Vikas Gupta: Software architect

Archive for August, 2012

Intalling VMware Player on Ubuntu 12.04

Posted by Vikas Gupta on August 18, 2012

In my pursuit to learn Hadoop, I decided to use one of the Hadoop virtual machine images provided by Cloudera before actually installing Hadoop on my Ubuntu 12.04. Cloudera provides virtual machines for VMWare, KVM and VirtualBox. For more information about Cloudera Hadoop virtual  machines, please visit Cloudera Demo VM . I decided to go with VMWare image. This required me to install VMWare player. In this blog, you will find step by step instructions to install VMWare player and solution to the problems faced during this process.

1. While looking for VMWare Player(vmplayer) installer, i found that vmplayer installer is not provided by the repositories, you have to instead download it from VMware website. While downloading please make sure that you download the latest and correct version for your architecture. That is, if you’re running the 32-bit version of Ubuntu, get the 32-bit version, and if you’re running the 64-bit version of Ubuntu, get the 64-bit version. To find out the version of Ubuntu running on your computer, type in uname -m  from the terminal and press enter. If the result is x86_64, you’re running the 64-bit version of Ubuntu. If it says i686, you’re running the 32-bit version of Ubuntu.

2. The downloaded file is VMware-Player-4.0.3-703057.x86_64.txt for the 64-bit version. The download will vary depending upon Ubuntu version(32-bit vs 64-bit) and version of the vmplayer. Before installing vmplayer, check the file permissions of the downloaded file. You need to have execute permissions on the file. If you do not have execute permissions on the file, please execute the following command to change the mode of the file to have execute permissions.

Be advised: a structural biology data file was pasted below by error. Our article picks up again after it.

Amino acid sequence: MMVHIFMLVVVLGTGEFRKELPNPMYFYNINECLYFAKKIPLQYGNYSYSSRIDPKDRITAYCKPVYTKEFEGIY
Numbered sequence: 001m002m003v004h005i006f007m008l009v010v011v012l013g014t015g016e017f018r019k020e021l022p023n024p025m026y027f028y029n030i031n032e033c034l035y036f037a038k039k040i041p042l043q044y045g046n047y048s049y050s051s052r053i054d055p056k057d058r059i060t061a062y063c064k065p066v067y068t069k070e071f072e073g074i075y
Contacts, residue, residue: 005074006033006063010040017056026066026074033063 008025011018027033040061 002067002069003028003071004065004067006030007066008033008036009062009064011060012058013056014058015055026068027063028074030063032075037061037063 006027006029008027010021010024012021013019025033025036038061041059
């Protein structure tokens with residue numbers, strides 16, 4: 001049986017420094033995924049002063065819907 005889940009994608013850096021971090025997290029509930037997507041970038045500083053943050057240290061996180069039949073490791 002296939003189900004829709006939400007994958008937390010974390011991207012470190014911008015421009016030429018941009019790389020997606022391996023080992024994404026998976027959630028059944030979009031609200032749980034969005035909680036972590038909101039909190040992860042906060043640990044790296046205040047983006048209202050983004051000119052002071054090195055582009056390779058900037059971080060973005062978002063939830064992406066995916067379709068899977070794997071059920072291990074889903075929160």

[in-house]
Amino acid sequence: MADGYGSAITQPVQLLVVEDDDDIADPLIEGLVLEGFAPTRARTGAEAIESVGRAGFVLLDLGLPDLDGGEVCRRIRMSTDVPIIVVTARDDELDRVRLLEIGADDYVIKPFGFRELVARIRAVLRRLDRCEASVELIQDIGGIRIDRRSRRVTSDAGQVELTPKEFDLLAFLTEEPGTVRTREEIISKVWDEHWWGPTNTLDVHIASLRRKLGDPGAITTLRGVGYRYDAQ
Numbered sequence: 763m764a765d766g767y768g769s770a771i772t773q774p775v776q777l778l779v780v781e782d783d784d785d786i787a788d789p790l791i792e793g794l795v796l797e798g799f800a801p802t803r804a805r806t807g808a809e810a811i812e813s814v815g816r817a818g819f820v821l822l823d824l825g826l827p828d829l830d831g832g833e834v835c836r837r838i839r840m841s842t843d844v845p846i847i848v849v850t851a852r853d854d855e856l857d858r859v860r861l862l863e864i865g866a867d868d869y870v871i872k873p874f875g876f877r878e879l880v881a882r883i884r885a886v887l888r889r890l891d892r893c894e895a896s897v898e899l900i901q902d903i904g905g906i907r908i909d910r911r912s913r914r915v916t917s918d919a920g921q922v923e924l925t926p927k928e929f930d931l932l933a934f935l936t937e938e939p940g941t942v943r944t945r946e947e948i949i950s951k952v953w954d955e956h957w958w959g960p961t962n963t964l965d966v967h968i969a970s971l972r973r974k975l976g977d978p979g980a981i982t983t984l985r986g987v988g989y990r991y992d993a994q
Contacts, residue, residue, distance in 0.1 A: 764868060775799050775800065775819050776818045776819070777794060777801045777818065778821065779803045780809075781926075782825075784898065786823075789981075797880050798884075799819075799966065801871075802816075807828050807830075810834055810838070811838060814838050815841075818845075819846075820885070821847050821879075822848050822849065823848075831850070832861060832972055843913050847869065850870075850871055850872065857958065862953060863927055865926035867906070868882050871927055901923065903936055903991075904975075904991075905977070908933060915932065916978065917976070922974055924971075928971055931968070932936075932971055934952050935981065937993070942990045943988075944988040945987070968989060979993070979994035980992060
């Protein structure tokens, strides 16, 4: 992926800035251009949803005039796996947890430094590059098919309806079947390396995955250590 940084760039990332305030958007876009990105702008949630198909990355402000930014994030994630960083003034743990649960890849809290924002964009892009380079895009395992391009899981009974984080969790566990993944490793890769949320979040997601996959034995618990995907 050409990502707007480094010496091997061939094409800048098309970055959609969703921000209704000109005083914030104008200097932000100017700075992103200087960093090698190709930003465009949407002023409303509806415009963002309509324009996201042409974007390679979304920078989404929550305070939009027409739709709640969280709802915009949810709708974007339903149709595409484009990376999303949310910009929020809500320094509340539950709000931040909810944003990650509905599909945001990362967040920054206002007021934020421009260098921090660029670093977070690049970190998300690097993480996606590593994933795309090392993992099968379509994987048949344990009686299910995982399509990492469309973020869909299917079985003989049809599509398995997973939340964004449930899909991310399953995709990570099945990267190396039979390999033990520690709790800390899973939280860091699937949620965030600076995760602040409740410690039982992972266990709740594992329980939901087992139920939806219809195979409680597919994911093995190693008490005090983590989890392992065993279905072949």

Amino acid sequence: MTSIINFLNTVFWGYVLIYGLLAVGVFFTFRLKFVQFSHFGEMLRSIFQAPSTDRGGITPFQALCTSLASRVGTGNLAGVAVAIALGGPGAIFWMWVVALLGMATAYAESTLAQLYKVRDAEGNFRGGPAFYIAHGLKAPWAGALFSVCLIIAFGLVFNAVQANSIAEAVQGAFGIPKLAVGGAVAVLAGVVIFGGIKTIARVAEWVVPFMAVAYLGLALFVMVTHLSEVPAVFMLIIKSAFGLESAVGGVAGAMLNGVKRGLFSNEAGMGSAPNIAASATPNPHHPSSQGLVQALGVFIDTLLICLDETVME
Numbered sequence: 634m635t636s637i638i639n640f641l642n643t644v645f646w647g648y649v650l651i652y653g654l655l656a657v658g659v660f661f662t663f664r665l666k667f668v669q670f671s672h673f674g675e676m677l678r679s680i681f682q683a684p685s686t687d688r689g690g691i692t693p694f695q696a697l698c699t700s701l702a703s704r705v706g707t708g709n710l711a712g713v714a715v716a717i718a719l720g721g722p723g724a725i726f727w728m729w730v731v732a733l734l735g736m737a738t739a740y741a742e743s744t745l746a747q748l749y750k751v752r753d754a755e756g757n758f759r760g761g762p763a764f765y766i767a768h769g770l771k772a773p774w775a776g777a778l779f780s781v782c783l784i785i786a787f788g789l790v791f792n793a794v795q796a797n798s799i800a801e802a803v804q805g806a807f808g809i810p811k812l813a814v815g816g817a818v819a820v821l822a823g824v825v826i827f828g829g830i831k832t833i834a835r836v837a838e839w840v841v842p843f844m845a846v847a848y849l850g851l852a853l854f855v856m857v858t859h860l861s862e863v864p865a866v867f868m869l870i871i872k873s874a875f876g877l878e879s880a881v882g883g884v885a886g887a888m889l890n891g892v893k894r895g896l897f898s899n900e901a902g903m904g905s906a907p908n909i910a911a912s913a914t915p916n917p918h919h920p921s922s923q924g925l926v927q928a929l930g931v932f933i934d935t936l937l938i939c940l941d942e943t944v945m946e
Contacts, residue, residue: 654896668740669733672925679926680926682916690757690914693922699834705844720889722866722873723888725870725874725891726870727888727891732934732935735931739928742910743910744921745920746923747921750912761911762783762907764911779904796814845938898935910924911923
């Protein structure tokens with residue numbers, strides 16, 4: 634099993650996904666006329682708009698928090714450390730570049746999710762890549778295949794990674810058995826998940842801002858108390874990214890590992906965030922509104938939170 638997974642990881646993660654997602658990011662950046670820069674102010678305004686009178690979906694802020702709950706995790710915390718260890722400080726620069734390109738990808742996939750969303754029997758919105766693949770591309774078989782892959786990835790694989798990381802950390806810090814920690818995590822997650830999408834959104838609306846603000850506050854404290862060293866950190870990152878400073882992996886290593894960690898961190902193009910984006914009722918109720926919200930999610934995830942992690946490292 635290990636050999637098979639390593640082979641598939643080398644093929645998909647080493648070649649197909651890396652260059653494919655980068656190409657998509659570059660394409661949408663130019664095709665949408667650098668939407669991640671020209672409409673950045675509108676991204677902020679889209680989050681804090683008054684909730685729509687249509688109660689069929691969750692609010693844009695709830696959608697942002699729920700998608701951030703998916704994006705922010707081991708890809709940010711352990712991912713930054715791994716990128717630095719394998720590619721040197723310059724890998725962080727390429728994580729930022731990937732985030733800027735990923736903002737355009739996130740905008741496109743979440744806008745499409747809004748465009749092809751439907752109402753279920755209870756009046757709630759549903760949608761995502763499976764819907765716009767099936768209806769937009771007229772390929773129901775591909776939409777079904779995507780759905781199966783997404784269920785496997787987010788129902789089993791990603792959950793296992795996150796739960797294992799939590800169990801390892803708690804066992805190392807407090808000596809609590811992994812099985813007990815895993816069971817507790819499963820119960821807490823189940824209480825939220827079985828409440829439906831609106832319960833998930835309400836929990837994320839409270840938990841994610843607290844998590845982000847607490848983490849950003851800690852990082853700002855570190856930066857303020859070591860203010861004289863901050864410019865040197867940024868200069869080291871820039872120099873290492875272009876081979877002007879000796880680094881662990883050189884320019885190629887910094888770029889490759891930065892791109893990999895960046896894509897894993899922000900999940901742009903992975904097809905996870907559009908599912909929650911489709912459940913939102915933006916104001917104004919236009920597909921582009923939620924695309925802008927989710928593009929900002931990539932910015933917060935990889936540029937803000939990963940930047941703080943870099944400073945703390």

chmod +x VMware-Player-4.0.3-703057.x86_64.txt

3. The installer may need to build and install kernel modules, so it’s advisable to make sure you have the necessary packages to facilitate this. Run uname -r. The output should end in genericgeneric-pae,server, or virtual. If it doesn’t end in generic, replace generic below with whatever it does end in.

sudo apt-get update
sudo apt-get install build-essential linux-headers-generic

4. Now run the installer. You have to run it as root, so use sudo:

sudo ./VMware-Player-4.0.3-703057.x86_64.txt

The rest of the installation process is guided and graphical. While you had to run the installer as root, you do not generally need to (and should not generally) run vmplayer as root after you’ve installed it. Occasionally, after an update to your kernel or vmplayer, vmplayer may ask you to allow it to build and install new kernel modules as root.

5. While trying the run the vmplayer, i got an error that vmplayer is not able to start the network services. After googling on the net, I found that there is a patch for that. To install that patch, please execute the following commands

tar -xvf vmware802fixlinux320.tar.gz
sudo ~/vmware802fixlinux320/

My vmplayer ran fine after the following steps, I hope after following the above steps, you also have a problem free installing of the vmplayer.

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